What is Dyslexia?
Dyslexia, also known as alexia or developmental reading disorder, is characterized by difficulties learning to read and differing comprehension of language despite normal or above-average intelligence. This includes difficulty with phonological awareness, phonological decoding, processing speed, orthographic coding, auditory short-term memory, language skills and verbal comprehension.
Dyslexia is the most common learning difficulty. Some see dyslexia as distinct from reading difficulties resulting from other causes, such as a non-neurological deficiency with hearing or vision, or poor reading instruction.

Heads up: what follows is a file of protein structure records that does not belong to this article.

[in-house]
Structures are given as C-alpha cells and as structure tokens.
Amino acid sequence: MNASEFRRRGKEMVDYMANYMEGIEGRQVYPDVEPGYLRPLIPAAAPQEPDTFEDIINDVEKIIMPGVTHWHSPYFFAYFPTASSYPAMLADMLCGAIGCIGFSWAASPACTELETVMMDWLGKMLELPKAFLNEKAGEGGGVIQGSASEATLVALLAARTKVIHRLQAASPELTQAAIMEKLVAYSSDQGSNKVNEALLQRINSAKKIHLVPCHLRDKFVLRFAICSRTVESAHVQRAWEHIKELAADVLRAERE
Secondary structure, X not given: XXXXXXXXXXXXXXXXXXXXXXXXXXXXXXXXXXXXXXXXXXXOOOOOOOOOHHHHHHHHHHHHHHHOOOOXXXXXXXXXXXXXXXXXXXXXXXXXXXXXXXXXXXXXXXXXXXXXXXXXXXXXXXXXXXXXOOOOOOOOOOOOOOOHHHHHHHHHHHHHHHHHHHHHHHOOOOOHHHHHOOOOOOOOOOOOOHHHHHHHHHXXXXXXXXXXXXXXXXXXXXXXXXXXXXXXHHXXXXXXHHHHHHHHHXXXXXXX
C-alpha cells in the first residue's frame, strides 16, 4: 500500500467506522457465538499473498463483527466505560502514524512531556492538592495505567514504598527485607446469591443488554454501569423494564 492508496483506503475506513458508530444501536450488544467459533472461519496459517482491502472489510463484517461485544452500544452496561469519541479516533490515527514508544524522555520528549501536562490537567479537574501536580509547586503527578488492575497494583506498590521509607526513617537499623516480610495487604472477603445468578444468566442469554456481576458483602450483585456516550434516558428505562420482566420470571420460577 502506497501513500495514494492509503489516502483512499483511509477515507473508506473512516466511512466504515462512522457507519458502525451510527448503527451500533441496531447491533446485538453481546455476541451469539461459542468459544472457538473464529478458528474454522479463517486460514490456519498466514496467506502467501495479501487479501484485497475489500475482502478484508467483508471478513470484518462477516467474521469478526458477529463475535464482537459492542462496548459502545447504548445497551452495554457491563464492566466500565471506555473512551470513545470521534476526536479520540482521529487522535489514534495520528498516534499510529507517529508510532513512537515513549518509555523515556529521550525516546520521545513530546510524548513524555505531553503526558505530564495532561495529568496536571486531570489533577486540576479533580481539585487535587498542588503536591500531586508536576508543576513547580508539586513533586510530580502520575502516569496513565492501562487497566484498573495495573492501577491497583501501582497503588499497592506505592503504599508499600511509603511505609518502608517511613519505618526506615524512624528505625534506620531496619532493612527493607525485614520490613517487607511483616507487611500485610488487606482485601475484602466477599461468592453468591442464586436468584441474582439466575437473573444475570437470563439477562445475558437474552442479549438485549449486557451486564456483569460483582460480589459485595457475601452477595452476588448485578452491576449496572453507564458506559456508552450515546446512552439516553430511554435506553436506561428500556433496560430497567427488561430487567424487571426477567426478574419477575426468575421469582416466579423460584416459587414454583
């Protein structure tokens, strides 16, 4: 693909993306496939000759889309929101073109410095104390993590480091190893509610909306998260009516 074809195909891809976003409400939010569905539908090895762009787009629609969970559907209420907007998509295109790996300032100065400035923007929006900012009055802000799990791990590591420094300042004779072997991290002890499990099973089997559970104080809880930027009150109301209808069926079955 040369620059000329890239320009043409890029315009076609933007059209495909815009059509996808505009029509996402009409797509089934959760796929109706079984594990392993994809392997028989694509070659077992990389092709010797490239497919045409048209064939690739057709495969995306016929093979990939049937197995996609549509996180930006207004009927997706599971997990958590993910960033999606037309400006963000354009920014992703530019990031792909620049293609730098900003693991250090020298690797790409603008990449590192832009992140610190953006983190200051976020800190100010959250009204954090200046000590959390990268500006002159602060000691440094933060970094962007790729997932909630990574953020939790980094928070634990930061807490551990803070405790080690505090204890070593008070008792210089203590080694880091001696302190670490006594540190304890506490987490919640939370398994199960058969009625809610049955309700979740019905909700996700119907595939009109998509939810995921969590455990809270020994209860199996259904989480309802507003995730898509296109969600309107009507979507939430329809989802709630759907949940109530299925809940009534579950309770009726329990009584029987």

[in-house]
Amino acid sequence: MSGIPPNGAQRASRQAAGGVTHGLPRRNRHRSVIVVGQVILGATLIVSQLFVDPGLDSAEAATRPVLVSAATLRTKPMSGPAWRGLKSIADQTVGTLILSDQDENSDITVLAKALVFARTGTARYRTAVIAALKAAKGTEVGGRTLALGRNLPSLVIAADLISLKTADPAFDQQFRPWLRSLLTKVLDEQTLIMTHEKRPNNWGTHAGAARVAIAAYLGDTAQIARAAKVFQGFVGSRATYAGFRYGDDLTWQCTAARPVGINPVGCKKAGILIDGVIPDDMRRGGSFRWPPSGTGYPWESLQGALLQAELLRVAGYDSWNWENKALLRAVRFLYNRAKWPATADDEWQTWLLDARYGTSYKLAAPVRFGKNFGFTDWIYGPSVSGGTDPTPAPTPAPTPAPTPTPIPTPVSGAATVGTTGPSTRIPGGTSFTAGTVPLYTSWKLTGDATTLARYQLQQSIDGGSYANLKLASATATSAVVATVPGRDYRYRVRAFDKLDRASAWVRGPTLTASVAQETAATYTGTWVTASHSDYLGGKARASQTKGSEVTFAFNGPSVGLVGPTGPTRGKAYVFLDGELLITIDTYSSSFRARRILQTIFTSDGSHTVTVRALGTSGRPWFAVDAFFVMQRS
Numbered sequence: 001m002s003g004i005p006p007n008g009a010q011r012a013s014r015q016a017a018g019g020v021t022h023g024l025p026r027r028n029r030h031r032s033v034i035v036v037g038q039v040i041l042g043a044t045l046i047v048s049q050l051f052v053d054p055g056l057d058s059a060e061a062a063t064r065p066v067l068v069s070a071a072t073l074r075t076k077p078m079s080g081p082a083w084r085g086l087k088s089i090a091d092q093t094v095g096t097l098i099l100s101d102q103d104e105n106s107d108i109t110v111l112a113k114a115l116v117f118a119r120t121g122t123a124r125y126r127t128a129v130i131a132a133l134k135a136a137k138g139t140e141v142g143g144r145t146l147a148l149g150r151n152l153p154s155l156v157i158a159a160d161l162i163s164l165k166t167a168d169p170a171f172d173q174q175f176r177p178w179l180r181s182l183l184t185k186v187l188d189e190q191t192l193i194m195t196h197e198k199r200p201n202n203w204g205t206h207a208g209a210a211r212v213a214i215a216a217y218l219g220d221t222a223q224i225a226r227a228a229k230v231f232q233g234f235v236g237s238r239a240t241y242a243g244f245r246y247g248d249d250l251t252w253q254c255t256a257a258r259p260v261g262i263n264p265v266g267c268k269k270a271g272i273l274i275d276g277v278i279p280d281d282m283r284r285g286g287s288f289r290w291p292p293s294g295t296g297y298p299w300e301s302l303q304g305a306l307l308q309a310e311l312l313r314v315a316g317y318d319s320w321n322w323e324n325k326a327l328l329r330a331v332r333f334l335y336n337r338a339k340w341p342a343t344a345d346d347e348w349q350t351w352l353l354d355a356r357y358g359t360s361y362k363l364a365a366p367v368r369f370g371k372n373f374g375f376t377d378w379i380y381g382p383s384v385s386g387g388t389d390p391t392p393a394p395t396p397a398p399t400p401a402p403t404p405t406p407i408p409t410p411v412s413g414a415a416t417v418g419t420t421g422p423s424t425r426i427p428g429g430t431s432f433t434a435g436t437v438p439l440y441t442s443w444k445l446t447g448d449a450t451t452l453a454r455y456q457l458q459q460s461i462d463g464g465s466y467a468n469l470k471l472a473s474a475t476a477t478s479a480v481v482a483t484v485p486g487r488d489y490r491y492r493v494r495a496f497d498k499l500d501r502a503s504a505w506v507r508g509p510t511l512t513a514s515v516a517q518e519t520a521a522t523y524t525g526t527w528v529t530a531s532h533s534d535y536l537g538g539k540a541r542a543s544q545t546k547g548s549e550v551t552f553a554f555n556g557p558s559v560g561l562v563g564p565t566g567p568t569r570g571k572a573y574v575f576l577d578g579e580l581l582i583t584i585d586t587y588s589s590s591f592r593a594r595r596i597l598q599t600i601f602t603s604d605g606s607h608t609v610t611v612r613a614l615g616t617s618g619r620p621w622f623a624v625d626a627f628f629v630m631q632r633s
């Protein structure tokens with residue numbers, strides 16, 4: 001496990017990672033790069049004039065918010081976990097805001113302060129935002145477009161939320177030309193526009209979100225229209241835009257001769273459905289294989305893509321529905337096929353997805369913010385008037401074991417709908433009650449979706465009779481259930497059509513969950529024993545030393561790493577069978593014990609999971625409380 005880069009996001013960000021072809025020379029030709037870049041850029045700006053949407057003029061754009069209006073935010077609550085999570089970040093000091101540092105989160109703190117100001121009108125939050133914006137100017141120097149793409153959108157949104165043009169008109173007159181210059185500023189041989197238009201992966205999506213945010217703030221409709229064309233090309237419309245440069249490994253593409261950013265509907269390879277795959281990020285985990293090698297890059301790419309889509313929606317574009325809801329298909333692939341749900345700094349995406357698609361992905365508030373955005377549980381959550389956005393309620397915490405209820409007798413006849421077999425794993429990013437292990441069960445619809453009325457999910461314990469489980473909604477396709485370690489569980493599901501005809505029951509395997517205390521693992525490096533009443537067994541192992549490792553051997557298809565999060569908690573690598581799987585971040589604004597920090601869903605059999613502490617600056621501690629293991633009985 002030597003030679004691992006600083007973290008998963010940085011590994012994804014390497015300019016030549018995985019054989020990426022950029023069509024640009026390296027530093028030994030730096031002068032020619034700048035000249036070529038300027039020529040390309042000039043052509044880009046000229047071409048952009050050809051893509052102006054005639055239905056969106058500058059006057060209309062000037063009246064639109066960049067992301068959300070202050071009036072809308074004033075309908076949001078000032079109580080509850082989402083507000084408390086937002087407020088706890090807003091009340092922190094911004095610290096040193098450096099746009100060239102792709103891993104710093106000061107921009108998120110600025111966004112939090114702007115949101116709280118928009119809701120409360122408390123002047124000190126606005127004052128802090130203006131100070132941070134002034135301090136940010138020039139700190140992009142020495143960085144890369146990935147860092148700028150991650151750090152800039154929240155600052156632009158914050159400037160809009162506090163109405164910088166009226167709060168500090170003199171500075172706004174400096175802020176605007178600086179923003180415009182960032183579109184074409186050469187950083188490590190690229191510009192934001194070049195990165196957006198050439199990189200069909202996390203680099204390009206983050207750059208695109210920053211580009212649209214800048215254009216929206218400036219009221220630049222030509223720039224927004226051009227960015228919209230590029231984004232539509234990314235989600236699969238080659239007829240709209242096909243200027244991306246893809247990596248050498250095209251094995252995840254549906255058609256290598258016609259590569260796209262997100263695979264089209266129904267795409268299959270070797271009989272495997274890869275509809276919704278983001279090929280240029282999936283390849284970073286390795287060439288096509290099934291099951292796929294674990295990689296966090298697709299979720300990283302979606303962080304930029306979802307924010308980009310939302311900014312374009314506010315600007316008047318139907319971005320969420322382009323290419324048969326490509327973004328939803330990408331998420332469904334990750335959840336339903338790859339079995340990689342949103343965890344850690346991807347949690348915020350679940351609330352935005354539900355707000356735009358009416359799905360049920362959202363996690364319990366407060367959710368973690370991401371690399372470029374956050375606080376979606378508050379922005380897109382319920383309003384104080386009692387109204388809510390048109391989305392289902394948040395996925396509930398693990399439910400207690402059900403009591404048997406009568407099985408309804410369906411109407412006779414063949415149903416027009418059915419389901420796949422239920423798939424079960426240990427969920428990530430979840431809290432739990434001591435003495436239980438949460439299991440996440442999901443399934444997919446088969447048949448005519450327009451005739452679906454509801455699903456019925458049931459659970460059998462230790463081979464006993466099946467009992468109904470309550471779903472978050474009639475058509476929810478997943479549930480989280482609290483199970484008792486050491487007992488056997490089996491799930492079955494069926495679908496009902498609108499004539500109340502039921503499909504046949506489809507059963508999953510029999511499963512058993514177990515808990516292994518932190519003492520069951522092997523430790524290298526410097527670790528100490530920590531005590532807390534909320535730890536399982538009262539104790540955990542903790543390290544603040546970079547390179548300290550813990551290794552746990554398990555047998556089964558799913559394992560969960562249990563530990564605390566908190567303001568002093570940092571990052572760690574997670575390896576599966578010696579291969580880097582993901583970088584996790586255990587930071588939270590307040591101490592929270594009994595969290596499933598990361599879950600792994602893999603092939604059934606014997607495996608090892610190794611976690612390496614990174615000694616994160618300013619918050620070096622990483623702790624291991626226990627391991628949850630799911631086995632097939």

There are three proposed cognitive subtypes of dyslexia (auditory, visual and attentional), although individual cases of dyslexia are better explained by specific underlying neuropsychological deficits (e.g. attention deficit hyperactivity disorder, a visual processing disorder / visual stress) and co-occurring learning difficulties (e.g. dyscalculia and dysgraphia). Although it is considered to be a receptive (afferent) language-based learning disability, dyslexia also affects one's expressive (efferent) language skills.